Work in the author’s laboratory is funded by the National Research Council, Rome, Italy.

Alvarez-Llamas G, Szalowska E, de Vries MP, Weening D, Landman K, Hoek A et al. Characterization of the human adipose tissue secretome. Mol Cell Proteomics 2007;6:589–600. Chaldakov GN, Tonchev AB, Fiore M, Hristova MG, Pancheva R, Rancic G et al. Implications for the future of obesity management. In: ¨ G Fruhbeck, editor. Peptides in Energy Balance and Obesity. CAB Int 2009a;369–89. Chaldakov GN, Fiore M, Tonchev AB, Hristova MG, Nikolova V, Aloe L. Tissue with high IQ: adipose-derived stem cells in neural regeneration. Neural Regen Res 2009b;4:1116–20.

Chaldakov GN, Tonchev AB, Aloe L. NGF and BDNF: from nerves to adipose tissue, from neurokines to metabokines. Relevance to neuropsychiatric and cardiometabolic diseases. Rivista Psichiatr 2009c;44:79–87. ˆ ´ Chaldakov GN, Fiore M, Tonchev AB, Hristova MG, Rancic G, Aloe L. The adipose tissue as a third brain. Obesity Metab 2009d;5:94–6. Fain JN. Release of interleukins and other inflammatory cytokines by human adipose tissue is enhanced in obesity and primarily due to the nonfat cells. Vitam Horm 2006;74:443–77. Fliers E, Kreier F, Voshol PJ, Havekes LM, Sauerwein HP, Kalsbeek A et al. White adipose tissue: getting nervous. J Neuroendocrinol 2003;15:1005–10. Friedman JM. Leptin at 14 yr of age: an ongoing story. Am J Clin Nutr 2009;89:S973–9. Greco SJ, Bryan KJ, Sarkar S, Zhu X, Smith MA, Ashford JW et al. Leptin reduces pathology and improves memory in a transgenic mouse model of Alzheimer’s disease. J Alzheimers Dis 2010;19:1155–67. Hausman GJ, Barb CR, Dean RG. Patterns of gene expression in pig adipose tissue: insulin-like growth factor system proteins, neuropeptide Y (NPY), NPY receptors, neurotrophic factors and other secreted factors. Domest Anim Endocrinol 2008;35:24–34. Messing A. Nestin in the liver – lessons from the brain. Hepatology 1999;29:602–3. Nicolaysen A, Gammelsaeter R, Strom-Mathisen J, Gundersen V, Iversen PO. The components required for amino acid neurotransmitter signaling are present in adipose tissues. J Lipid Res 2007;48:2123–32. Pedersen MØ, Jensen R, Pedersen DS, Skjolding AD, Hempel C, Maretty L, Penkowa M. Metallothionein-I+II in neuroprotection. Biofactors 2009;35:315–25. Poulos SP, Hausman DB, Hausman GJ. The development and endocrine functions of adipose tissue. Mol Cell Endocrinol 2010;323:20–34. Renes J, Rosenow A, Mariman E. Novel adipocyte features discovered by adipoproteomics. Adipobiology 2009;1:7–18. ¨ ¨ Schaffler A, Scholmerich J, Buechler C. The role of ‘‘adipotrophins’’ and the clinical importance of a potential hypothalamic-pituitaryadipose axis. Nat Clin Pract Endocrinol Metab 2006;2:374–83. Sornelli F, Fiore M, Chaldakov GN, Aloe L. Adipose-derived nerve growth factor and brain-derived neurotrophic factor: results from experimental stress and diabetes. Gen Physiol Biophys 2009;28:179–83. ¨ Tore F, Tonchev AB, Fiore M, Tuncel N, Atanassova P, Aloe L et al. From adipose tissue protein secretion to adipopharmacology of disease. Immunol Endocr Metab Agents Med Chem 2007;7:149–55. Trayhurn P, Wood IS. Adipokines: inflammation and the pleiotropic role of white adipose tissue. Br J Nutr 2004;92: 347–55. Weninger WJ, Prokop M. In vivo 3D analysis of the adipose tissue in the orbital apex and the compartments of the parasellar region. Clin Anat 2004;17:112–117. Zhang C, Bazan NG. Lipid-mediated cell signaling protects against injury and neurodegeneration. J Nutr 2010;140:858–63.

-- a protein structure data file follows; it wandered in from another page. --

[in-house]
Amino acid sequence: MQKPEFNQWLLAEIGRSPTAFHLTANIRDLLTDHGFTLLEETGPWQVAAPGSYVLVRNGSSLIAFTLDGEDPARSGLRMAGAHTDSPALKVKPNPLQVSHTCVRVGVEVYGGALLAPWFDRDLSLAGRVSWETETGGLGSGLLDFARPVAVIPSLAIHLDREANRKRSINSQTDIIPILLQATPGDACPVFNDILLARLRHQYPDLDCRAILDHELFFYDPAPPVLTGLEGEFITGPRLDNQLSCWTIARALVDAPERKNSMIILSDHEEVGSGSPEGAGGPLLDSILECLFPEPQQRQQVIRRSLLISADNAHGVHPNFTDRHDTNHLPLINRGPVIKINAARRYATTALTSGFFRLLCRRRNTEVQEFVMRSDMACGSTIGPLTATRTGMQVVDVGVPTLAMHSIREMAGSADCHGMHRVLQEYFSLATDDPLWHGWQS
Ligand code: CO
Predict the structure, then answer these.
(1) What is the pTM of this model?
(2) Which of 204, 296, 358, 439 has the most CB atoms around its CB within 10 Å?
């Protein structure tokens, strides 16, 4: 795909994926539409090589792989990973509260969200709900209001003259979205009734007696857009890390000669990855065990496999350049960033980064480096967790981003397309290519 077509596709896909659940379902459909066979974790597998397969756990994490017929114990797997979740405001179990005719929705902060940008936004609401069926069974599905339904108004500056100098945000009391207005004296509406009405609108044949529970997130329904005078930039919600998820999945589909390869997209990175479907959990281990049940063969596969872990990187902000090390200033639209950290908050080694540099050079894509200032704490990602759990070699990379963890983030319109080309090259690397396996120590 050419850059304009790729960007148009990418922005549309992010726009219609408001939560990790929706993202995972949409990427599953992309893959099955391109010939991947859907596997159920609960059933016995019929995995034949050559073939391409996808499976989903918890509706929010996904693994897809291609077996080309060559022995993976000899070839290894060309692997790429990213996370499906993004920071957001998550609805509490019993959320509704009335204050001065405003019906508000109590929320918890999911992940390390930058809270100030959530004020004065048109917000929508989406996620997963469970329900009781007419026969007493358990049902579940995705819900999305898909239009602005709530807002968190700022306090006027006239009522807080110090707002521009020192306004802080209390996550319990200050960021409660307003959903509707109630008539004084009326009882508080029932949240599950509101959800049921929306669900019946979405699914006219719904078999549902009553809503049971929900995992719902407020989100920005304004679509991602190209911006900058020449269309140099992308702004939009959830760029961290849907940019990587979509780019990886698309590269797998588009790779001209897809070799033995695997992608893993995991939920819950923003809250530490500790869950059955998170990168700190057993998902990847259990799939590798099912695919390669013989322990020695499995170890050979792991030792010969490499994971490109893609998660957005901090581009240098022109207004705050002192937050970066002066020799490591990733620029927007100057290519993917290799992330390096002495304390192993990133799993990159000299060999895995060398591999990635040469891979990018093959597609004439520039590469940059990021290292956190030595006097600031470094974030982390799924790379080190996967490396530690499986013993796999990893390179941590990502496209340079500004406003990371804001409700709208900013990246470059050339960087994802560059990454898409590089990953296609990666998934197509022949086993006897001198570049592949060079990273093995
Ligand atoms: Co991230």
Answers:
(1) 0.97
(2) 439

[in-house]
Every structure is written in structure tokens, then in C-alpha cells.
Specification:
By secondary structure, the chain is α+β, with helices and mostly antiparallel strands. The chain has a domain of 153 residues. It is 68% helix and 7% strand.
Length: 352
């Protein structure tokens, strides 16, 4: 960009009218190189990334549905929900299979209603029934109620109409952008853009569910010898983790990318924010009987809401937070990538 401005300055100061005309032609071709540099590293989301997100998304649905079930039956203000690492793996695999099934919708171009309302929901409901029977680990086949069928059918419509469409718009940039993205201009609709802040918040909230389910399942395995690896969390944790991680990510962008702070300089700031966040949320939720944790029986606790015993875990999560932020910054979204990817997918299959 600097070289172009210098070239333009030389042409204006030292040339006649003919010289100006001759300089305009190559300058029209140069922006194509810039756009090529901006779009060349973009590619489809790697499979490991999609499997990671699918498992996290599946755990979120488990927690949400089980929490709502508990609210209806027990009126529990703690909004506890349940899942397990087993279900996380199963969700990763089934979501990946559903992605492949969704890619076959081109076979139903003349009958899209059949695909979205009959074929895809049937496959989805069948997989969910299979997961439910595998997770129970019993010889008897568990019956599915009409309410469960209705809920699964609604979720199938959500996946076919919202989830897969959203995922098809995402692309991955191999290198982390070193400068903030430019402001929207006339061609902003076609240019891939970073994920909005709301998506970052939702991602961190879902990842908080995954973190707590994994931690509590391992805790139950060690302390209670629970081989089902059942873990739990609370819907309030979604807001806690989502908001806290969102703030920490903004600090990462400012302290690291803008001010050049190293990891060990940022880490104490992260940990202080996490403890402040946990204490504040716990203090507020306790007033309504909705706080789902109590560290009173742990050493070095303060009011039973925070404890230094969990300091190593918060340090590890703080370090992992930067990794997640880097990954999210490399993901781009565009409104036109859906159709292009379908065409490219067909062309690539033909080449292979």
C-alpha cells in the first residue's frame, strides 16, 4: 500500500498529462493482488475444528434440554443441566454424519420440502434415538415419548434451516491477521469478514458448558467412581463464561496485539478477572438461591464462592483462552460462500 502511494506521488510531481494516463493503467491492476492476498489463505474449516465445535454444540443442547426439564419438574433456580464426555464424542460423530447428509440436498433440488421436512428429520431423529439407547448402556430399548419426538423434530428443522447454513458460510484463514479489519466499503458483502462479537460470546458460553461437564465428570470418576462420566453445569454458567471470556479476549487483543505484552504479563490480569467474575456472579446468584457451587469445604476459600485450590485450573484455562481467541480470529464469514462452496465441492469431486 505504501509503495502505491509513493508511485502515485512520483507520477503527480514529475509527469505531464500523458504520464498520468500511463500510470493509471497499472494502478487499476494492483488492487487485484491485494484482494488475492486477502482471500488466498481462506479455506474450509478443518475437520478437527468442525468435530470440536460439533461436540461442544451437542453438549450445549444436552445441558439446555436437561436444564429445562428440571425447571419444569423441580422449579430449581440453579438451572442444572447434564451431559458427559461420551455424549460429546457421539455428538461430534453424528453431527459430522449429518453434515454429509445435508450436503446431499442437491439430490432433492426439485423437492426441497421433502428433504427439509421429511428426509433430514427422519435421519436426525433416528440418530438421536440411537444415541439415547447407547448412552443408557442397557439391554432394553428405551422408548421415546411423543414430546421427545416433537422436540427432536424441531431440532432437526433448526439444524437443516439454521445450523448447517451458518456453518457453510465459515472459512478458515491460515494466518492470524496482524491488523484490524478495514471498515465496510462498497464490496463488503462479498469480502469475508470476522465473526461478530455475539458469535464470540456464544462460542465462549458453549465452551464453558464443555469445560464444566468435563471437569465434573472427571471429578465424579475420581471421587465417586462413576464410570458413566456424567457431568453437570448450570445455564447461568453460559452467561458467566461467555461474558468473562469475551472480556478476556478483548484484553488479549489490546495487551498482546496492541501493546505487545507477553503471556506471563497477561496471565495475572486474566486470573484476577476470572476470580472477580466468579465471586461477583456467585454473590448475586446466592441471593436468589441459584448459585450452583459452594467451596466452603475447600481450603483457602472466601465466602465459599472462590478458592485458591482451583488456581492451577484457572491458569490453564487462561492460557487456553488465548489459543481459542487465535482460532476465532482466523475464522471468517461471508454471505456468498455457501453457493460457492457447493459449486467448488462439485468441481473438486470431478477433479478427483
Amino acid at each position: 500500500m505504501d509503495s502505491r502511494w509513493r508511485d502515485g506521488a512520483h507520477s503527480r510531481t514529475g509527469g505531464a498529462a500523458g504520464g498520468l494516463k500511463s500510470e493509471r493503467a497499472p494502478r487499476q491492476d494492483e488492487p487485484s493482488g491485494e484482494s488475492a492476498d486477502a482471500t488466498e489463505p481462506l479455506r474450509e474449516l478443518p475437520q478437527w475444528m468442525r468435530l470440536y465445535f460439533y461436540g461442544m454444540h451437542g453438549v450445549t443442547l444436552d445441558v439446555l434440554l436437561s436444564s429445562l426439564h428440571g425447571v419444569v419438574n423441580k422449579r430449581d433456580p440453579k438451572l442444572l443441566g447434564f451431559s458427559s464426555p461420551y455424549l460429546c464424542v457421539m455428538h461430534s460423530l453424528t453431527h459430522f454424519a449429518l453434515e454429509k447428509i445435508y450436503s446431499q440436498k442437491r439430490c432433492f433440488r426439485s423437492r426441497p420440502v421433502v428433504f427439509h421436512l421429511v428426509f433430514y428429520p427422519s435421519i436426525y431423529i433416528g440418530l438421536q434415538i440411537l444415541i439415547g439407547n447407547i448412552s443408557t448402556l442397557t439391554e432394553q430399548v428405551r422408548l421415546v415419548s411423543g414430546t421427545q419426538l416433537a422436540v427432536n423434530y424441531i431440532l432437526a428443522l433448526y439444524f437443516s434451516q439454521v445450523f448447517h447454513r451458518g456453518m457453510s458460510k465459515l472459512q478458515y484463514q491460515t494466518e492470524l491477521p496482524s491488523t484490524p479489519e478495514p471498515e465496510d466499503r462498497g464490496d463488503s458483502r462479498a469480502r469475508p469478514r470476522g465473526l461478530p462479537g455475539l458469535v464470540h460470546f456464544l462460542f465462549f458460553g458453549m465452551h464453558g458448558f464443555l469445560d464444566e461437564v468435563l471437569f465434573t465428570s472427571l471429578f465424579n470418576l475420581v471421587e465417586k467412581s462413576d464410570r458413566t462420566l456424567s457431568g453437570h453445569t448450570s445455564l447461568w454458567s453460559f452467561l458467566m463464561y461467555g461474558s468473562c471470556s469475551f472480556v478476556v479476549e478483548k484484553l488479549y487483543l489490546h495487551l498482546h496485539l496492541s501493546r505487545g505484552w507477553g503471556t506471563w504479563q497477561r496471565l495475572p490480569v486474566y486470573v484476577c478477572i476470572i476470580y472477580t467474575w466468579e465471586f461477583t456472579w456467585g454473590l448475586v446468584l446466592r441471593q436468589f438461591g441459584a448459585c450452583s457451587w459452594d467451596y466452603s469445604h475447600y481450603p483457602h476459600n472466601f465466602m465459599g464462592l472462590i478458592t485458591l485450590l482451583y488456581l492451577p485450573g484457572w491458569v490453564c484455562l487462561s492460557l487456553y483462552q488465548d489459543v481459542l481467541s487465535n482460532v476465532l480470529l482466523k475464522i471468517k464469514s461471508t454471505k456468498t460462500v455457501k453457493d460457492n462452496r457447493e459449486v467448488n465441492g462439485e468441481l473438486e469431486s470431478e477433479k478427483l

Received 12 July 2010/accepted 23 July 2010 Published on the Internet 8 September 2010, doi 10.1042/CBI20100509

E The Author(s) Journal compilation E 2010 Portland Press Limited

Volume 34 (10) N pages 1051–1053 N www.cellbiolint.org 1053

You're Reading a Free Preview

/*********** DO NOT ALTER ANYTHING BELOW THIS LINE ! ************/ var s_code=s.t();if(s_code)document.write(s_code)//-->